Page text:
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Fluorescent sponges to detect radioactive gases

Research Article published on 24 January 2024 , Updated on 31 January 2024

Due to their volatile nature and low-energy ionizing emissions, radioactive gases, and particularly their detection, currently represent a major public health issue and a challenge for the industries that produce them in various scenarios.  Improving this detection involves developing new systems with optimised properties. Scientists at the Systems and Technology Integration Laboratory (List - Univ. Paris-Saclay, CEA), are using ultra-porous and fluorescent materials - Metal Organic Frameworks (MOFs) - to develop a more sensitive and practical radioactive gas detection system.

Naturally present on Earth, radioactive gases such as radon, tritium and krypton are volatile chemical elements whose unstable atomic nuclei emit alpha or beta radiation (a helium nucleus or an electron) as they decay. Originally present in trace amounts, some show higher concentrations due to human activities or specific phenomena and eventually lead to public health or waste management issues. Although relatively weak, the electrical charge of their radiation is in fact sufficient to penetrate one to two centimetres into living tissue. Radon (222Rn), produced by the decay of uranium and radium atoms in granite soils, is considered the second leading cause of lung cancer in France, after tobacco. Although less dangerous and initially produced by cosmic radiation acting on air atoms, tritium (3H) is produced in large quantities by industry and nuclear reactors. Krypton (85Kr), formed in the cores of stars, is found on Earth as a byproduct of radioactive waste processing and accounts for 99% of man-made radioactive gas emissions.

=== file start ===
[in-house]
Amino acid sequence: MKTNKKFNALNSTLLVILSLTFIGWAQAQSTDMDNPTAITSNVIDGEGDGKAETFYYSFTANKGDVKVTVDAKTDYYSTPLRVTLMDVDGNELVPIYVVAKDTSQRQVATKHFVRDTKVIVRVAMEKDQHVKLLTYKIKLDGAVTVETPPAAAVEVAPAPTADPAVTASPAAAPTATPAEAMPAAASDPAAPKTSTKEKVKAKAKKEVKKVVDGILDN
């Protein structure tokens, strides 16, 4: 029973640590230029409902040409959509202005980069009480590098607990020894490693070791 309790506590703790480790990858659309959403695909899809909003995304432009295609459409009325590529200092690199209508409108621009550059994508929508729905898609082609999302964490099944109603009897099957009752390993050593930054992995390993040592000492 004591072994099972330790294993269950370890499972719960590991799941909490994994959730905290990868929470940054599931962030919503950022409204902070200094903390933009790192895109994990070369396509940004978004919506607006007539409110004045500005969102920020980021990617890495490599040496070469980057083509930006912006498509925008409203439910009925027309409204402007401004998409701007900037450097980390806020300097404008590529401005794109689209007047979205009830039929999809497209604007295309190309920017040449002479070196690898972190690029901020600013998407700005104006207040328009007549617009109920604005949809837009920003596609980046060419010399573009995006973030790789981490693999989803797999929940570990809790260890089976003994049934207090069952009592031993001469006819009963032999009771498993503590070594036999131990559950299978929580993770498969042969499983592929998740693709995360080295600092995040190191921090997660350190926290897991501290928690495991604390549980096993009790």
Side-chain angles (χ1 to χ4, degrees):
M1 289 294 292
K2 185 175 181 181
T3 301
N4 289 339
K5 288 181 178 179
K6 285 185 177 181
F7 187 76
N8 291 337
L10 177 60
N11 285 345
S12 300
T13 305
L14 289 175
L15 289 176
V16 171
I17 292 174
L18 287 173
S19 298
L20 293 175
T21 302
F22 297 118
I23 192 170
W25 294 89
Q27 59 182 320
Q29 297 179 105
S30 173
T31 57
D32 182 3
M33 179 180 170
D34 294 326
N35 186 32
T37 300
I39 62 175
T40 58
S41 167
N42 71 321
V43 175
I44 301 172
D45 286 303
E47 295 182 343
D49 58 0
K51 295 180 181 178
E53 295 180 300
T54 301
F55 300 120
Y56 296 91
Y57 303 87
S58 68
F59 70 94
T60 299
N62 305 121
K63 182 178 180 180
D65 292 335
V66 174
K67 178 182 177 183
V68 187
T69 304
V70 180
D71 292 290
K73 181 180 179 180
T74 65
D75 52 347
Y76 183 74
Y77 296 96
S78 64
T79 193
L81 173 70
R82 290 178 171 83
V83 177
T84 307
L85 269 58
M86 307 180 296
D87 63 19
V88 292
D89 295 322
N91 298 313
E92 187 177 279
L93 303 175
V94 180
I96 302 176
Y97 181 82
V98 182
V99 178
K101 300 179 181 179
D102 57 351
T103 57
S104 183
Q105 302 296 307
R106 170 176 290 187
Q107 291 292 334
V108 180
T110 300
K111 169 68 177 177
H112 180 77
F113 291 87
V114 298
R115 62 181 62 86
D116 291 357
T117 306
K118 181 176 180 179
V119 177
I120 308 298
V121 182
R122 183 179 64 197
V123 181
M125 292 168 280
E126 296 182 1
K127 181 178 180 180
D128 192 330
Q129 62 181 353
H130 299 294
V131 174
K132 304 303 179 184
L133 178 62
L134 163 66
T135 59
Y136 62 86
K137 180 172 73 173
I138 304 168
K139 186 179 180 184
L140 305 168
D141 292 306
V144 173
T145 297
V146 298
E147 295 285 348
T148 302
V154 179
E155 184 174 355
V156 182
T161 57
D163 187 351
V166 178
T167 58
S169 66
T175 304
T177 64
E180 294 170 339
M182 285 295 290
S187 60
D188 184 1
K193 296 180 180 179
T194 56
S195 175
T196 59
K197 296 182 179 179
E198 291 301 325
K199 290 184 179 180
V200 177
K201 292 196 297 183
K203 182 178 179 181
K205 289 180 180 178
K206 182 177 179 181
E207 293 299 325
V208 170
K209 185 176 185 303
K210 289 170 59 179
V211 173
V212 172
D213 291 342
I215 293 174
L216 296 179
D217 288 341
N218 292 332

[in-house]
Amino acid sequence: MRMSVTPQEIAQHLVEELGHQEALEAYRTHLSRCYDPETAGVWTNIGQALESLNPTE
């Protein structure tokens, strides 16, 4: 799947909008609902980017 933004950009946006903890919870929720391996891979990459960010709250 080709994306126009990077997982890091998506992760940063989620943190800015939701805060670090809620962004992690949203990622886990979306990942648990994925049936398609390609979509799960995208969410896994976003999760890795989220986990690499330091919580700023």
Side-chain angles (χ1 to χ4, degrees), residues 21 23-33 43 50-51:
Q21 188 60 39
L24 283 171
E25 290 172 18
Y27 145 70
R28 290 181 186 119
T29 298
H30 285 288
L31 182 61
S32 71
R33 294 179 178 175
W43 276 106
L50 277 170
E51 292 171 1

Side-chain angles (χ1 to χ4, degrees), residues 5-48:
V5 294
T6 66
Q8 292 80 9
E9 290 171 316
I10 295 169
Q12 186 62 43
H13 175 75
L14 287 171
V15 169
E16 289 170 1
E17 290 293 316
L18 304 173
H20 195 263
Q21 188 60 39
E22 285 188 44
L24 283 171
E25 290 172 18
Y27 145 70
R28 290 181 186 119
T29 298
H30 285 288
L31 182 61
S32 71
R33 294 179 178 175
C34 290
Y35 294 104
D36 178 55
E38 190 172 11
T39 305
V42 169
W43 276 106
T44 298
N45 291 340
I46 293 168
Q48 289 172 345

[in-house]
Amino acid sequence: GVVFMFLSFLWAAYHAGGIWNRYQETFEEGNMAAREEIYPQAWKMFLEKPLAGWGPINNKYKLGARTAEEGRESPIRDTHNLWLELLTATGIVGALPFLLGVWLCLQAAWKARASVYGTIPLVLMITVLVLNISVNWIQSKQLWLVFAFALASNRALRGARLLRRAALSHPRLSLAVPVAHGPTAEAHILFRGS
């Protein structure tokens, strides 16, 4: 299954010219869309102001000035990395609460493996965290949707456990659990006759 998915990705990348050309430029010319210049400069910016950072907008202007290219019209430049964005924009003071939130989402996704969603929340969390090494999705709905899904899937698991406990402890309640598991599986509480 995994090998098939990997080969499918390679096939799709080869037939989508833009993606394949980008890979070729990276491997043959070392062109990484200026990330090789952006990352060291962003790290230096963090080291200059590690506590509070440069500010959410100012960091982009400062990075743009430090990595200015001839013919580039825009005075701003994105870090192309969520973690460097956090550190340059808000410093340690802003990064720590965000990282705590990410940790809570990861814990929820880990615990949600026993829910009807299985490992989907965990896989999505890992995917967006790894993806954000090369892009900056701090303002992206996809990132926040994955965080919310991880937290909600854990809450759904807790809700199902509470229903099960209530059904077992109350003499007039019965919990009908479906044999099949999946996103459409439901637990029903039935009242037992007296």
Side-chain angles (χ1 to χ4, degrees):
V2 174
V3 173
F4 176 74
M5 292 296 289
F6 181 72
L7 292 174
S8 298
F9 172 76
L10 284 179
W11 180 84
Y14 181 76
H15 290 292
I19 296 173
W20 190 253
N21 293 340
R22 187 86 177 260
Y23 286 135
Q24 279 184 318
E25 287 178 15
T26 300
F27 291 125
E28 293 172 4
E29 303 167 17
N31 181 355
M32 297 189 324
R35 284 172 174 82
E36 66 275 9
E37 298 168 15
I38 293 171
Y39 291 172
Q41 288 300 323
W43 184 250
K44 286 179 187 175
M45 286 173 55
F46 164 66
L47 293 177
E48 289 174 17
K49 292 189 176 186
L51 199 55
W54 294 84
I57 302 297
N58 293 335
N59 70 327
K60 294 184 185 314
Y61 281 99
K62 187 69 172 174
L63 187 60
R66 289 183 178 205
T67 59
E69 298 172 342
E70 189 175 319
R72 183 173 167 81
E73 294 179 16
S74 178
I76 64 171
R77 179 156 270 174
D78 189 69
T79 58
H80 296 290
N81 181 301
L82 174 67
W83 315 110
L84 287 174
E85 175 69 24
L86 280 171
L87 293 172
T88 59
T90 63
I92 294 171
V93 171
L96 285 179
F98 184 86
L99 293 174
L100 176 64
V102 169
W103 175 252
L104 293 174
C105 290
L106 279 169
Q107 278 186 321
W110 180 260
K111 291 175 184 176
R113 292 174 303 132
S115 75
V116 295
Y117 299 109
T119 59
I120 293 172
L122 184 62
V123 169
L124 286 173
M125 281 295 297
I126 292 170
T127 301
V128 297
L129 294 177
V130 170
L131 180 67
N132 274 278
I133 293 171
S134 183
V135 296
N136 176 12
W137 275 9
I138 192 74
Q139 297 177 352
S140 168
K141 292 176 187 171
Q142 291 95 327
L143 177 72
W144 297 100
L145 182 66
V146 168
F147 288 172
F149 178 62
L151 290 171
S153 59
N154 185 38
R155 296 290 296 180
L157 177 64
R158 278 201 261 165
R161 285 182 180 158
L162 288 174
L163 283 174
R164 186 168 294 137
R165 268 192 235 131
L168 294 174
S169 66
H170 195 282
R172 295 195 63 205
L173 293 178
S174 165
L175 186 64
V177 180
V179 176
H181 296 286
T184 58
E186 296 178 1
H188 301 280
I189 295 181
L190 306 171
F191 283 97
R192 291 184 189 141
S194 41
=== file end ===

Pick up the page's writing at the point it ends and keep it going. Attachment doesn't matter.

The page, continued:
Although there are already detection systems for these gases on the market, some scientists are directing their research towards materials with novel properties, in order to develop new systems that redefine current performance standards. Such is the case with the work of the team at CEA-List's Sensors and Instrumentation for Measurement Laboratory (LCIM), which studies Metal Organic Frameworks or MOFs.  These are crystalline networks composed of metal atoms linked by organic molecules.

MOFs, ultra-porous scintillators